Surface 14 of board 12 and conductors 18 are coated by a thin coating 22 of insulative material however, portions 20, 21 are not so coated, i.e., remain exposed. Switch contact elements 24 cooperate with switch terminals 20. Retainer member 26 formed of a thin sheet of insulating material is adhered to insulative coating 22 and has openings 28 therein which accommodate switch elements 24. A thin sheet 30 of insulating material is applied over switch elements 24.
As thus far described, keyboard switch assembly 10 is generally of the type further described and illustrated in the aforesaid Durkee, et al. U.S. Pat. No. 3,796,843.
Referring now more particularly to FIG. 3 of the drawings, it will be seen that copper conductors 18 having enlarged portions 20 and 21 thereon are adhered to surface 14 of board 12 in a suitable pattern, conductors 18 terminating in external terminals 32 to which connections may be made. Referring now additionally to FIG. 4, insulative coating 22 is shown applied over surface 14 of board 12 and conductors 18 leaving uncoated areas 34 which expose portions 20 and areas 35 which expose portions 21.
Referring now to FIG. 5, conductive ink switch conduct areas 36 are coated on the exposed copper conductor portions 20, preferably by a conventional screen printing technique. In addition, jumper elements 38 and 39 formed of conductive ink are coated over insulative layer 22 crossing one or more conductors 18 embedded therein and joining selected switch contact areas 36, and conductor portions 21, respectively. The conductive ink coatings 36 and jumper elements 38, 39 are preferably applied at the same time in the same operation.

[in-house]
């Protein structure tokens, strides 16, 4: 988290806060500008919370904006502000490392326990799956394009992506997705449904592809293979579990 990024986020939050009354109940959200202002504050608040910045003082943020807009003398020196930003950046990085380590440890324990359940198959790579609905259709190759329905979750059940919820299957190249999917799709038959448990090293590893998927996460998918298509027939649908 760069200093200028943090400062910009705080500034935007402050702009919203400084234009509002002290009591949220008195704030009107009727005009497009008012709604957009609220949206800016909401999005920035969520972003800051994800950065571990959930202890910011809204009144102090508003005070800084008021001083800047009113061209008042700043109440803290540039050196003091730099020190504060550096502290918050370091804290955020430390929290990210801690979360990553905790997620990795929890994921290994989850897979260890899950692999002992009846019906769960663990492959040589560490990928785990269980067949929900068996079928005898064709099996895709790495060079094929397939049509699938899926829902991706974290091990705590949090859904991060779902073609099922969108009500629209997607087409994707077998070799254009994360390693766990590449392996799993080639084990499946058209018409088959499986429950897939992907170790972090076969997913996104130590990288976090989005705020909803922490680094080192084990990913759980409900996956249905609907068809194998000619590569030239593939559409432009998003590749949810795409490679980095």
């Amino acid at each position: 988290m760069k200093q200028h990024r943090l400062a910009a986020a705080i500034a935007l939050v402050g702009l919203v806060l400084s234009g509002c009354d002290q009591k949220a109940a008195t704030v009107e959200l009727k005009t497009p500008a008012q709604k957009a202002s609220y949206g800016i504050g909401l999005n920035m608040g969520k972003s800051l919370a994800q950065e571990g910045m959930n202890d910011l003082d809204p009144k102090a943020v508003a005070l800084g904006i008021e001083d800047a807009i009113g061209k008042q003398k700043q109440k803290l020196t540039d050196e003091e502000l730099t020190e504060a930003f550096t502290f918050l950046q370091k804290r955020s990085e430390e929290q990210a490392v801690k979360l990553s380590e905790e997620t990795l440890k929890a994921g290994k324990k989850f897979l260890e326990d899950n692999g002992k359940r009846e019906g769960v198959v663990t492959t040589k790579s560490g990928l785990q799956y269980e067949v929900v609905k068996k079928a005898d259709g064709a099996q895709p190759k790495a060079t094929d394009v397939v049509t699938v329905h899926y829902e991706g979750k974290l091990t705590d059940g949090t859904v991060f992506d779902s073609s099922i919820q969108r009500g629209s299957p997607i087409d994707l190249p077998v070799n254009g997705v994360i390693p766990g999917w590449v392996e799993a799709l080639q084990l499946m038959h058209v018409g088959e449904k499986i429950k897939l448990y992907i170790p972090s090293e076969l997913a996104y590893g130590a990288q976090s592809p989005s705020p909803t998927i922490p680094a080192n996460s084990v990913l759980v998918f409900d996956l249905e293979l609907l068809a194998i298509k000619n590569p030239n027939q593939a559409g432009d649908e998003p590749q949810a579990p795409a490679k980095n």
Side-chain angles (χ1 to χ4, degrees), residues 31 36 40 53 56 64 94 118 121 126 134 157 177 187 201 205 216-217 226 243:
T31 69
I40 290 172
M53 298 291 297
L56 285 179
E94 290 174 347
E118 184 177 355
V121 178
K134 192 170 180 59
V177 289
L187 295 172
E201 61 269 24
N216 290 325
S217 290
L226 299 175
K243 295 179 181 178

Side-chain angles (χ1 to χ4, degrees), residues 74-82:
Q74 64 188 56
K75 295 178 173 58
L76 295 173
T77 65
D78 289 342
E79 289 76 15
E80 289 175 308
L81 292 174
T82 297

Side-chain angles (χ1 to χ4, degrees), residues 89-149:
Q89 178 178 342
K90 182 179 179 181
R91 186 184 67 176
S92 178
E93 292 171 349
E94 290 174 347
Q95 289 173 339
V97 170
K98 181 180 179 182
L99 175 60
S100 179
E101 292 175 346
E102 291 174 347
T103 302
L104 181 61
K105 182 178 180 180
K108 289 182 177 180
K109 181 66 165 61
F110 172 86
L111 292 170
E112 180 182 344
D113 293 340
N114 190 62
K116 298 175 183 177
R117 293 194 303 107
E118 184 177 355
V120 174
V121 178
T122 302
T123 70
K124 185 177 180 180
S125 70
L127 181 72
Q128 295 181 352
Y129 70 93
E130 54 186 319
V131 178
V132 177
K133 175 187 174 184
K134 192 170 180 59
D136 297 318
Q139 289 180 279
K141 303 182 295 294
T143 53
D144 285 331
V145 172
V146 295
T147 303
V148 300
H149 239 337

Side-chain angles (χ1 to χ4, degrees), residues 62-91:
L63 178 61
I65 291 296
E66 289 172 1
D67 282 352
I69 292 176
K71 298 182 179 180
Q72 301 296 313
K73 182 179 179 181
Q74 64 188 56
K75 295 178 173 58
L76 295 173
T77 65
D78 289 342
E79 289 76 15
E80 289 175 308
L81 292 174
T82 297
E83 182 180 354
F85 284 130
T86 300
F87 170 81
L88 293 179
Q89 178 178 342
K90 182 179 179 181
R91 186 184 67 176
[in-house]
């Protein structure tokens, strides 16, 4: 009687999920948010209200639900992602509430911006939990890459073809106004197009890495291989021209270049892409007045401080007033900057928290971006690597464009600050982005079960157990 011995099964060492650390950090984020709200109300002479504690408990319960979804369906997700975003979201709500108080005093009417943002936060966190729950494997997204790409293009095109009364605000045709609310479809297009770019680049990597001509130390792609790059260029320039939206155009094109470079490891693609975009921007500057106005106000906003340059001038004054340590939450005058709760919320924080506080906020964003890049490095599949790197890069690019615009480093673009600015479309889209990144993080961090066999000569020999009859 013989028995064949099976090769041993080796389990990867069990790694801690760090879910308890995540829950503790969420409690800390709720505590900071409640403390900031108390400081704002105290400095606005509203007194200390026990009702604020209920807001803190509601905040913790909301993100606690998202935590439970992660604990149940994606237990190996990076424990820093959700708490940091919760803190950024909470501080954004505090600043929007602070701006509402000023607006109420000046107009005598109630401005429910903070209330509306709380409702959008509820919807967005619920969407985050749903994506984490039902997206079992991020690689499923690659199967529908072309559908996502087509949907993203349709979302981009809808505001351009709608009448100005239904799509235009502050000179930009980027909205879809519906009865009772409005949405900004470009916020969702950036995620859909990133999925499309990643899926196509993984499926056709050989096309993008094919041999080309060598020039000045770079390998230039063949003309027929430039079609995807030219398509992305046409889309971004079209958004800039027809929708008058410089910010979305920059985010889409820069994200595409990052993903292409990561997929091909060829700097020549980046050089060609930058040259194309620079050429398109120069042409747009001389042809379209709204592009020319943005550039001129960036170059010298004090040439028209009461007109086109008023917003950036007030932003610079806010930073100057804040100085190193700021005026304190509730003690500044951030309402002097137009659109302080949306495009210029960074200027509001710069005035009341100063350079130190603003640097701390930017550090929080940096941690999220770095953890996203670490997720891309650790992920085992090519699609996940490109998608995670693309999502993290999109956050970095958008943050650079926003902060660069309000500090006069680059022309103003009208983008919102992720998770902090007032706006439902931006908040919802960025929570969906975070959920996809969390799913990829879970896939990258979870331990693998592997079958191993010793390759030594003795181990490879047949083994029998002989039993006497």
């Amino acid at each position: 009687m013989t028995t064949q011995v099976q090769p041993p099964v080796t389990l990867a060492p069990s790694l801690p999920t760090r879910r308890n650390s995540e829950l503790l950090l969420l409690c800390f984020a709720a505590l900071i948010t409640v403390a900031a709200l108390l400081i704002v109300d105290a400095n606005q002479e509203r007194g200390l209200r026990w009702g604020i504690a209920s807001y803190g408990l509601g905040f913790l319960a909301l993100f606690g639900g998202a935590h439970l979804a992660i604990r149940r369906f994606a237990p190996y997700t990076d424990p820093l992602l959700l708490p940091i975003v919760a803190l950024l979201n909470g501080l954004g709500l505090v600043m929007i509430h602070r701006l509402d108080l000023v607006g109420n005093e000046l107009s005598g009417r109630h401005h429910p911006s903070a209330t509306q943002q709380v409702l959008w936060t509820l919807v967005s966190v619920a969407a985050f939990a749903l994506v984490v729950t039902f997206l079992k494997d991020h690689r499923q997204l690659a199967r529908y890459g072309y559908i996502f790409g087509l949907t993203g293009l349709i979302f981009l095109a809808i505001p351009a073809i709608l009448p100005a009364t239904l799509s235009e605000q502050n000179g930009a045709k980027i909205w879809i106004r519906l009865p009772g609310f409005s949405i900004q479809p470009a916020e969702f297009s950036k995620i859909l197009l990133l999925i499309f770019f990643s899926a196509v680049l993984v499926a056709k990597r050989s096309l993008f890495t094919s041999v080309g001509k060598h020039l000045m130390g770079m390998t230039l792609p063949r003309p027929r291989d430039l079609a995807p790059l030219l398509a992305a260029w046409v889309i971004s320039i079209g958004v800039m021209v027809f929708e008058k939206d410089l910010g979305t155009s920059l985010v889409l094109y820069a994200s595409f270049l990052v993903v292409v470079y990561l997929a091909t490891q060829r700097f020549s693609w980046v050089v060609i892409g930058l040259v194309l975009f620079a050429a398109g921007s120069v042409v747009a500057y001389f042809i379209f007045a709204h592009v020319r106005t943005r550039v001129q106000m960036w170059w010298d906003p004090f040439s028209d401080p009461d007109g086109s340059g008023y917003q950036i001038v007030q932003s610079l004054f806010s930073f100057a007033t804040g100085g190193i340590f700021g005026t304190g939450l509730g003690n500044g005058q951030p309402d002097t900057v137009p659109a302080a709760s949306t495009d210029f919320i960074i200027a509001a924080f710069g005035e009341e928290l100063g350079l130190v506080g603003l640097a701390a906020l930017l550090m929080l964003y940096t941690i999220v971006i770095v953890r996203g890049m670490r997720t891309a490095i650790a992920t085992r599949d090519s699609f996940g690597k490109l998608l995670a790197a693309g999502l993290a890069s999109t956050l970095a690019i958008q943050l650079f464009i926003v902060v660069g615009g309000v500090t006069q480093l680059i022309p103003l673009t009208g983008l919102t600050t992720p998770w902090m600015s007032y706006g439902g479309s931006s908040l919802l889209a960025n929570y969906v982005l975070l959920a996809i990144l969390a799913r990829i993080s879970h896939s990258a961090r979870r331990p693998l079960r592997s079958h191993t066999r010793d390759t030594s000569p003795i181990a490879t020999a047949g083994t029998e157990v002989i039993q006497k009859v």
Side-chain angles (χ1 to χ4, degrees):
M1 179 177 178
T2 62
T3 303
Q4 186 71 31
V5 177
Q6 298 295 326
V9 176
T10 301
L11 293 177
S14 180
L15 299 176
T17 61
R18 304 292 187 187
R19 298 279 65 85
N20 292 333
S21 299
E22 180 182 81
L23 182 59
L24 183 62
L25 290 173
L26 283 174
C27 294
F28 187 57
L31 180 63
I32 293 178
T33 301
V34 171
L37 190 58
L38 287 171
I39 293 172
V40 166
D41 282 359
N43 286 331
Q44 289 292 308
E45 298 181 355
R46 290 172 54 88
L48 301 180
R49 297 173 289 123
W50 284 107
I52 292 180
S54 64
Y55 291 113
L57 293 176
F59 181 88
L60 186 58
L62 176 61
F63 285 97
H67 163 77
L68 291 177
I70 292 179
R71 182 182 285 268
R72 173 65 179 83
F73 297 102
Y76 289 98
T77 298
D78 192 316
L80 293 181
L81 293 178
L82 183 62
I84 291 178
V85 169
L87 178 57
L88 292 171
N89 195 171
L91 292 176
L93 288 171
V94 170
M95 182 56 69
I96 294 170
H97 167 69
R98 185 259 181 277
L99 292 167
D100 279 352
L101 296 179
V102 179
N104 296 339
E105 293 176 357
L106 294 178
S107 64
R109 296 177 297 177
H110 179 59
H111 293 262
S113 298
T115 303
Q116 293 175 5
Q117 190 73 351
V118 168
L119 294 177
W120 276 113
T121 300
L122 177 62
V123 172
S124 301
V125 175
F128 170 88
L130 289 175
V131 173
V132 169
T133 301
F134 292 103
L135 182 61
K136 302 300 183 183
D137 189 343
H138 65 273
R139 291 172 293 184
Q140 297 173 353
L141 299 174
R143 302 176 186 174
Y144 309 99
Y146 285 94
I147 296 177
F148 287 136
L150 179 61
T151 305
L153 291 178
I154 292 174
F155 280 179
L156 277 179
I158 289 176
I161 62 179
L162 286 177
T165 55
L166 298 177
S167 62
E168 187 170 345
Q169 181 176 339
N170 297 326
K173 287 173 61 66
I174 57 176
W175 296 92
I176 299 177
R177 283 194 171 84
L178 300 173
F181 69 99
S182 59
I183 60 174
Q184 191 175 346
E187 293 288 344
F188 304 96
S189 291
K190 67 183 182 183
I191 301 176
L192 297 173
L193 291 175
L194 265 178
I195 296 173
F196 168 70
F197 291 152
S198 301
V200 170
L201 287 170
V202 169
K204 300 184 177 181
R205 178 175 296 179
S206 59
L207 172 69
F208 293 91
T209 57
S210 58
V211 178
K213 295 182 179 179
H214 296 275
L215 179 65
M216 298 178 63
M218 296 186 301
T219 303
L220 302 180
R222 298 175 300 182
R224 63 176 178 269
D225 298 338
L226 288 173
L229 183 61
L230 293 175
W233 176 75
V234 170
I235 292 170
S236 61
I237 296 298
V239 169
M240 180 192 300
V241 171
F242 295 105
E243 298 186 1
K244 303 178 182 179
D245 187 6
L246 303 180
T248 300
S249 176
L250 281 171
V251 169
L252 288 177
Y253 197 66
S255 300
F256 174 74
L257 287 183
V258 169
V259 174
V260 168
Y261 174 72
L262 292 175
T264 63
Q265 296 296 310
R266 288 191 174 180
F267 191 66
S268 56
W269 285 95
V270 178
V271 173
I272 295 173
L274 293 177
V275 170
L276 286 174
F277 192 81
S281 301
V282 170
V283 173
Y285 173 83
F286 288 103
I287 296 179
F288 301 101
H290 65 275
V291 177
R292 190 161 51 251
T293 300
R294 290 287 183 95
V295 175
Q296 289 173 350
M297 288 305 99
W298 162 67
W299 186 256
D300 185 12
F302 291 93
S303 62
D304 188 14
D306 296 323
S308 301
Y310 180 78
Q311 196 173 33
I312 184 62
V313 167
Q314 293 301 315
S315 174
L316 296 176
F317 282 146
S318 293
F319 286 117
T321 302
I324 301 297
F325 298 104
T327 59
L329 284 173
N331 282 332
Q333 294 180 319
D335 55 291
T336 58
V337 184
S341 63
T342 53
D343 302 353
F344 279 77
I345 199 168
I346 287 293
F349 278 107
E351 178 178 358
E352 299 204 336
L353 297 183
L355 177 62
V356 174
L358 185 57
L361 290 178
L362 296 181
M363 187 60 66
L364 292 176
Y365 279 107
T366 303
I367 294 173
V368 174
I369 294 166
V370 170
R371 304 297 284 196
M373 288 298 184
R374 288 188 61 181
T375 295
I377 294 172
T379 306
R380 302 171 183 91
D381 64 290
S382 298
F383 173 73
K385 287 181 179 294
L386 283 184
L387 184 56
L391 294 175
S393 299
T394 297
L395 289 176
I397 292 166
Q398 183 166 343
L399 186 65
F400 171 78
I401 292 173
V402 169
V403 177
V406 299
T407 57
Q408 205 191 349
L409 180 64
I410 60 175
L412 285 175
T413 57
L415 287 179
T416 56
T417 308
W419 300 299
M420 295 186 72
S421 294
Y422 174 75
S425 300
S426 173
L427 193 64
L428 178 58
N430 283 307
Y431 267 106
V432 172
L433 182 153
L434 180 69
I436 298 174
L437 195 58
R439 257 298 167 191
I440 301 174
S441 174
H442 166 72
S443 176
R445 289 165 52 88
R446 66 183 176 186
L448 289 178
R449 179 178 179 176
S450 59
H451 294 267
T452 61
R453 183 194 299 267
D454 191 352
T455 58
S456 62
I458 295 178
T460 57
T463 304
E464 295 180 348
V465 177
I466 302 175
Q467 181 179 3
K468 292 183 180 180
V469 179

The conductive ink used to form switch contact areas 36 and jumpers 38 is preferably a noble-metal filled resin compound. While silver epoxy is preferred, other conductive material and resins may be employed. Conductive inks sold by Epoxy Technology Inc., 65 Grove St., Watertown, Mass., under Catalogue Nos. EPO-TEK2 H31 and 417, and sold by Electro Science Labs Inc., 1601 Sherman Ave., Pennsuaken, NJ, under catalogue number ESL 1109-S have been found to be suitable for this application. The conductive ink described in U.S. Pat. No. 2,866,764 would also be suitable for this application. It will be readily understood that in any given application, retainer member 26 and/or insulator 30 may be eliminated from the keyboard switch assembly 10.
It will now be readily seen that the provision of screen printed conductive ink switch contact areas 36 and jumpers 38, 39 eliminates the costly gold or nickel plating previously required and also permits making connections between conductors on the same side of the board without the necessity for making connection through the board to a conductor on the other side thereon.
While there have been described above the principles of this invention in connection with specific apparatus, it is to be clearly understood that this description is made only by way of example and not as a limitation to the scope of the invention.
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|U.S. Classification||200/292, 200/262, 200/5.00A, 200/267, 200/516, 200/511, 428/901, 174/261, 361/748, 200/270|
|International Classification||H01H13/70, H05K3/46|
|Cooperative Classification||Y10S428/901, H01H13/7006, H05K3/4685|
|European Classification||H05K3/46D, H01H13/70D|